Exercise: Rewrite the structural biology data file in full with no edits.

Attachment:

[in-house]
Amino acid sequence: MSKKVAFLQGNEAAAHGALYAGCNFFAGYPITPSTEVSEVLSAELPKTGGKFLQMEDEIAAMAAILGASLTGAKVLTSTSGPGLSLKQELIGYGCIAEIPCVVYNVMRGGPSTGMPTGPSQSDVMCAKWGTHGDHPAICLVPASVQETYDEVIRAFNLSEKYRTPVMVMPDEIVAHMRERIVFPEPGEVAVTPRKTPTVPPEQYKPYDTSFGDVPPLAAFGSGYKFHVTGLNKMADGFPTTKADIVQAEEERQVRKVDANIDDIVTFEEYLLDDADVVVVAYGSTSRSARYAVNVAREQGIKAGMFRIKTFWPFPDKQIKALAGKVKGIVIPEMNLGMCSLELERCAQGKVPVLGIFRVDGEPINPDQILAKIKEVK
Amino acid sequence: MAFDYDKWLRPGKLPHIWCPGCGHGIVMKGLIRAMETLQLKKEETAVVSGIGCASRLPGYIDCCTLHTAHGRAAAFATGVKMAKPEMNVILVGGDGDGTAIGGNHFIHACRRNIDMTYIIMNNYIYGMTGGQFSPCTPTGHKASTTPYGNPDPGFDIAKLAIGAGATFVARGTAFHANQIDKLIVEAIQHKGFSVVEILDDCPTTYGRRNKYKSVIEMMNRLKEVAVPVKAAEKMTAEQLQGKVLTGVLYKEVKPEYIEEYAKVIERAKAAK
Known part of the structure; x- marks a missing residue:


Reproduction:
[in-house]
Amino acid sequence: MSKKVAFLQGNEAAAHGALYAGCNFFAGYPITPSTEVSEVLSAELPKTGGKFLQMEDEIAAMAAILGASLTGAKVLTSTSGPGLSLKQELIGYGCIAEIPCVVYNVMRGGPSTGMPTGPSQSDVMCAKWGTHGDHPAICLVPASVQETYDEVIRAFNLSEKYRTPVMVMPDEIVAHMRERIVFPEPGEVAVTPRKTPTVPPEQYKPYDTSFGDVPPLAAFGSGYKFHVTGLNKMADGFPTTKADIVQAEEERQVRKVDANIDDIVTFEEYLLDDADVVVVAYGSTSRSARYAVNVAREQGIKAGMFRIKTFWPFPDKQIKALAGKVKGIVIPEMNLGMCSLELERCAQGKVPVLGIFRVDGEPINPDQILAKIKEVK
Amino acid sequence: MAFDYDKWLRPGKLPHIWCPGCGHGIVMKGLIRAMETLQLKKEETAVVSGIGCASRLPGYIDCCTLHTAHGRAAAFATGVKMAKPEMNVILVGGDGDGTAIGGNHFIHACRRNIDMTYIIMNNYIYGMTGGQFSPCTPTGHKASTTPYGNPDPGFDIAKLAIGAGATFVARGTAFHANQIDKLIVEAIQHKGFSVVEILDDCPTTYGRRNKYKSVIEMMNRLKEVAVPVKAAEKMTAEQLQGKVLTGVLYKEVKPEYIEEYAKVIERAKAAK
Known part of the structure; x- marks a missing residue: